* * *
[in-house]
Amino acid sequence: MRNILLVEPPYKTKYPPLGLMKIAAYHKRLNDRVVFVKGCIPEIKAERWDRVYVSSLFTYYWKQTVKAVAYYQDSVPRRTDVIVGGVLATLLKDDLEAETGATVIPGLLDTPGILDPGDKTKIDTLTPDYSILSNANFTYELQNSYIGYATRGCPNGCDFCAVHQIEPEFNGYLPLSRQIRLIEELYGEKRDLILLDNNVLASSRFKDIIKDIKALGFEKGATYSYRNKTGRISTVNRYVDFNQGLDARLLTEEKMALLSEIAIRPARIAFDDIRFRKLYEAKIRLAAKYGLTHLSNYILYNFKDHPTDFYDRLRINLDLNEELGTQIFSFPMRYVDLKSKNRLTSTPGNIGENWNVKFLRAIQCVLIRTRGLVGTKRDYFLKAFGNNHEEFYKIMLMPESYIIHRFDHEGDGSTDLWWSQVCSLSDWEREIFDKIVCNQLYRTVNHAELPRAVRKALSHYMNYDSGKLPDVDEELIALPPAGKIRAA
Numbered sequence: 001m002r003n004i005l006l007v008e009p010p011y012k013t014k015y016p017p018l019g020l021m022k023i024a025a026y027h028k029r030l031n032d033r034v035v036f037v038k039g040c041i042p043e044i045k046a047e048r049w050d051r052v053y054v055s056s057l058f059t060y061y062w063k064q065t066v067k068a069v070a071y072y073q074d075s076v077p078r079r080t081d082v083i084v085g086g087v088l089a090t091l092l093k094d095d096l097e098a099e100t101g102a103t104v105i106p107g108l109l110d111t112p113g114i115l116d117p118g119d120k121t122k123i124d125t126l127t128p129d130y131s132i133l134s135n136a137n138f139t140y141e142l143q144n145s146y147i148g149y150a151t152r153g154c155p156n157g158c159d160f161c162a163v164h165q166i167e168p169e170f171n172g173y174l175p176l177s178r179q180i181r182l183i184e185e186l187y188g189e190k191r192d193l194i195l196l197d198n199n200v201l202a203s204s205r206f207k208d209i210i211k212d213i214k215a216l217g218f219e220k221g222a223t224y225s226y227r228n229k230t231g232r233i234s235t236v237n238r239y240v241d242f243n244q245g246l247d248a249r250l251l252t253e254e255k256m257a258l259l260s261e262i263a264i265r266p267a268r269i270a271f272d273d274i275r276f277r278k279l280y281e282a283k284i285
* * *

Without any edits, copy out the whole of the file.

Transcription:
[in-house]
Amino acid sequence: MRNILLVEPPYKTKYPPLGLMKIAAYHKRLNDRVVFVKGCIPEIKAERWDRVYVSSLFTYYWKQTVKAVAYYQDSVPRRTDVIVGGVLATLLKDDLEAETGATVIPGLLDTPGILDPGDKTKIDTLTPDYSILSNANFTYELQNSYIGYATRGCPNGCDFCAVHQIEPEFNGYLPLSRQIRLIEELYGEKRDLILLDNNVLASSRFKDIIKDIKALGFEKGATYSYRNKTGRISTVNRYVDFNQGLDARLLTEEKMALLSEIAIRPARIAFDDIRFRKLYEAKIRLAAKYGLTHLSNYILYNFKDHPTDFYDRLRINLDLNEELGTQIFSFPMRYVDLKSKNRLTSTPGNIGENWNVKFLRAIQCVLIRTRGLVGTKRDYFLKAFGNNHEEFYKIMLMPESYIIHRFDHEGDGSTDLWWSQVCSLSDWEREIFDKIVCNQLYRTVNHAELPRAVRKALSHYMNYDSGKLPDVDEELIALPPAGKIRAA
Numbered sequence: 001m002r003n004i005l006l007v008e009p010p011y012k013t014k015y016p017p018l019g020l021m022k023i024a025a026y027h028k029r030l031n032d033r034v035v036f037v038k039g040c041i042p043e044i045k046a047e048r049w050d051r052v053y054v055s056s057l058f059t060y061y062w063k064q065t066v067k068a069v070a071y072y073q074d075s076v077p078r079r080t081d082v083i084v085g086g087v088l089a090t091l092l093k094d095d096l097e098a099e100t101g102a103t104v105i106p107g108l109l110d111t112p113g114i115l116d117p118g119d120k121t122k123i124d125t126l127t128p129d130y131s132i133l134s135n136a137n138f139t140y141e142l143q144n145s146y147i148g149y150a151t152r153g154c155p156n157g158c159d160f161c162a163v164h165q166i167e168p169e170f171n172g173y174l175p176l177s178r179q180i181r182l183i184e185e186l187y188g189e190k191r192d193l194i195l196l197d198n199n200v201l202a203s204s205r206f207k208d209i210i211k212d213i214k215a216l217g218f219e220k221g222a223t224y225s226y227r228n229k230t231g232r233i234s235t236v237n238r239y240v241d242f243n244q245g246l247d248a249r250l251l252t253e254e255k256m257a258l259l260s261e262i263a264i265r266p267a268r269i270a271f272d273d274i275r276f277r278k279l280y281e282a283k284i285